Some Ontario dairy farmers say they are concerned that supply management could be on the table in ongoing talks over the North American Free Trade Agreement that includes Canada, the United States and Mexico.
But other farmers are optimistic. Fred Hopkins, at Bentinck in Grey County, said he is keeping an eye on the deal, but isn’t concerned.
“I feel very confident in our program here, the way it works,” Hopkins said. “If you talk to most of the American dairy producers, and we have a lot of friends in the States, they would love to have our system. One thing we do have — people in Quebec who are very radical, very passionate, and they really believe in our system. When they’re on your side in something like this, it really helps a lot.”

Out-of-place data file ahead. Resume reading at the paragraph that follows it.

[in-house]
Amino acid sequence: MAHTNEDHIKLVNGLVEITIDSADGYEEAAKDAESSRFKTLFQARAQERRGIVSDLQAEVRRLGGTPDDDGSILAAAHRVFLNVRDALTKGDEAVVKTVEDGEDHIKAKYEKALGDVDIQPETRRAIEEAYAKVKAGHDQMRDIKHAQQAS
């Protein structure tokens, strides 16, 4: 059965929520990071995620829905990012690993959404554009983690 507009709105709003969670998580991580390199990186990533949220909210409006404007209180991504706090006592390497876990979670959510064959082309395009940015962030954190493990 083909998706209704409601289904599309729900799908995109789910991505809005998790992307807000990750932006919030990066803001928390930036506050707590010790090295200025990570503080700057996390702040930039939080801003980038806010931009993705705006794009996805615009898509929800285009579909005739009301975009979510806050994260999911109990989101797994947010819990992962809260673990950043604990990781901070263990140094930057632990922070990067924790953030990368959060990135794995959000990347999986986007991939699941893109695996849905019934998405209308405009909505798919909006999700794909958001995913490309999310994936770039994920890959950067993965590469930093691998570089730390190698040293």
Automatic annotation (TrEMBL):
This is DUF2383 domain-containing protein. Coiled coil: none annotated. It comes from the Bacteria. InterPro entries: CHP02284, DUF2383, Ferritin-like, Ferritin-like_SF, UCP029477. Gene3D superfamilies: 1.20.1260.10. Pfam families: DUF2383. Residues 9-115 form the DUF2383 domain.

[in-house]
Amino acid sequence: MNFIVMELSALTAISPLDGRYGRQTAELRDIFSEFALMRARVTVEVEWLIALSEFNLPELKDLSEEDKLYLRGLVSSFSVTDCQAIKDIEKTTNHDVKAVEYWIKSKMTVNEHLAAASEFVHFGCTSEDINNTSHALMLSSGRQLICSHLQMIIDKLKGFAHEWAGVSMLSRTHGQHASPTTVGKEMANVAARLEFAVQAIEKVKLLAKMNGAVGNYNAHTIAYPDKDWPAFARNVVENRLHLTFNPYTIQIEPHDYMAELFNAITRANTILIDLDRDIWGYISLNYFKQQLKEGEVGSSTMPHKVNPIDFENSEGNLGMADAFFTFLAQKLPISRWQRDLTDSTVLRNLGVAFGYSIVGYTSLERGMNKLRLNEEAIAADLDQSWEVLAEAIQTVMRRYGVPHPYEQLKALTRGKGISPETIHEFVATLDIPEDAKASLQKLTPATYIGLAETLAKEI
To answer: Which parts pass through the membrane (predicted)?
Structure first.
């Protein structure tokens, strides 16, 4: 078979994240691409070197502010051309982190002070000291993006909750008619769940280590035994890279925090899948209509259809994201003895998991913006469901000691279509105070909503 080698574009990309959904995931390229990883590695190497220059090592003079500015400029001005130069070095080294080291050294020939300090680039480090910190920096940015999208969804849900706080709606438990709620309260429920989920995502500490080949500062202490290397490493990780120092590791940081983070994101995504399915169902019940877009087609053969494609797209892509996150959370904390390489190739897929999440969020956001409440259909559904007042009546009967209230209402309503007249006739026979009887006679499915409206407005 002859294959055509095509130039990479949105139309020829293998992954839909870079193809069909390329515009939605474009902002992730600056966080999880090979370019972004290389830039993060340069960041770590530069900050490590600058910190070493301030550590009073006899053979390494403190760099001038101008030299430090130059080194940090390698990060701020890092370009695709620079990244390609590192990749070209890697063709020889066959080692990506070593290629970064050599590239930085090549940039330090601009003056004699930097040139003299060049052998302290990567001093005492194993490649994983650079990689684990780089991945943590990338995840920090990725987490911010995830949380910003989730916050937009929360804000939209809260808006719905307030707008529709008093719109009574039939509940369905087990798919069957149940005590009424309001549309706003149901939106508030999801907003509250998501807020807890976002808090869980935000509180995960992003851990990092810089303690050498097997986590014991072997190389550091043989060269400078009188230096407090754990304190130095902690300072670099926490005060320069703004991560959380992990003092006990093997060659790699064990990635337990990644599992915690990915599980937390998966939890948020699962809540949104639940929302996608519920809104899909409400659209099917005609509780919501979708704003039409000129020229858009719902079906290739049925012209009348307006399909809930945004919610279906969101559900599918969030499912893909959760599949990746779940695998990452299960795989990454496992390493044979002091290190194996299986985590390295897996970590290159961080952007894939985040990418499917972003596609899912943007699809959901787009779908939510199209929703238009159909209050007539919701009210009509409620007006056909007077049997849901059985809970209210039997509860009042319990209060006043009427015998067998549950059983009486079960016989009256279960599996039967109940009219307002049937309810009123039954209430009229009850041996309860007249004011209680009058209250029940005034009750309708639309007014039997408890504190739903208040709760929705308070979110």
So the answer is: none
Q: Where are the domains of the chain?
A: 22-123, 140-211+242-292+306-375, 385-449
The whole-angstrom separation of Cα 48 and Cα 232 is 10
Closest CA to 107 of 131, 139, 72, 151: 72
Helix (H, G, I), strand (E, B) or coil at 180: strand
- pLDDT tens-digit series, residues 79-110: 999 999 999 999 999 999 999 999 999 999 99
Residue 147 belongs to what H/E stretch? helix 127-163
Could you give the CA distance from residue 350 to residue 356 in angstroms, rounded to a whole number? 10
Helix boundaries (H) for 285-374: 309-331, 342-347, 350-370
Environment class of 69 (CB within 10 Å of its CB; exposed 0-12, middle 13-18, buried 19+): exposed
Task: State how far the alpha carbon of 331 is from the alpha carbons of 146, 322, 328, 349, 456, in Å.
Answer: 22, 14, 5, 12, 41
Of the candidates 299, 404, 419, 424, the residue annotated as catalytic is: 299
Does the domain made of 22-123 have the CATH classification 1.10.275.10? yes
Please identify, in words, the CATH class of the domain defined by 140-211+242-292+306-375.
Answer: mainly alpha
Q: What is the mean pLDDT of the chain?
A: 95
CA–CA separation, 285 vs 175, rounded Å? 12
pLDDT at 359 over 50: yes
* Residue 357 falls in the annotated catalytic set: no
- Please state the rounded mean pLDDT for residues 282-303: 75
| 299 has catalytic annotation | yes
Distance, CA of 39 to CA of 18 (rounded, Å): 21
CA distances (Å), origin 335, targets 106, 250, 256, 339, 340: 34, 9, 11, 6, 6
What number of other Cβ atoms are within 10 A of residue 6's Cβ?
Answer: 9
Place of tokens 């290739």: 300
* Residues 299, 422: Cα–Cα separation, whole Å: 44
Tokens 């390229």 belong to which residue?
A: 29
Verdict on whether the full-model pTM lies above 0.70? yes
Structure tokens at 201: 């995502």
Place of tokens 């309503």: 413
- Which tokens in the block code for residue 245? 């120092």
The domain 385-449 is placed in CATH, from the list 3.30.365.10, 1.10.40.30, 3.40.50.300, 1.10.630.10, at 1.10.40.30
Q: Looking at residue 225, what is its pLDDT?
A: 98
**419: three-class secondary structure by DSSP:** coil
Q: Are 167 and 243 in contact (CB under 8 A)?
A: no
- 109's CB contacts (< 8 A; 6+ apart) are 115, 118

“So far, the (Canadian) government is saying all the right things,” said John Velthuis, an Eastern Ontario dairy farmer near Ottawa.
The NAFTA Agreement came into force in 1994. While there is some concern that Canada might deal away supply management, it won’t matter if an agreement isn’t signed. Recently, U.S. president Donald Trump said he might have to pull the U.S. out of NAFTA altogether if a good deal can’t be reached for American workers. Trump pulled the U.S. out of the yet-to-be ratified Trans-Pacific Partnership, the would-be world’s largest trade deal, in January.
At an American jobs event in Wisconsin in April, Trump said he wants “fair trade with all of our trading partners and that includes Canada. Because in Canada, some very unfair things have happened to our dairy farmers. It’s a terrible thing that happened to the farmers of Wisconsin. We’re going to call Canada, and we’re going to say what happened, and they might give us an answer, but we’re going to get the solution.”
At the time, Canada approved a new class of Canadian milk to close a purchasing window by Canadian processors of U.S. made ultra-filtered milk, a protein liquid concentrate used in cheese making. The new class of milk abruptly ended a niche market for about 75 Wisconsin dairy farmers.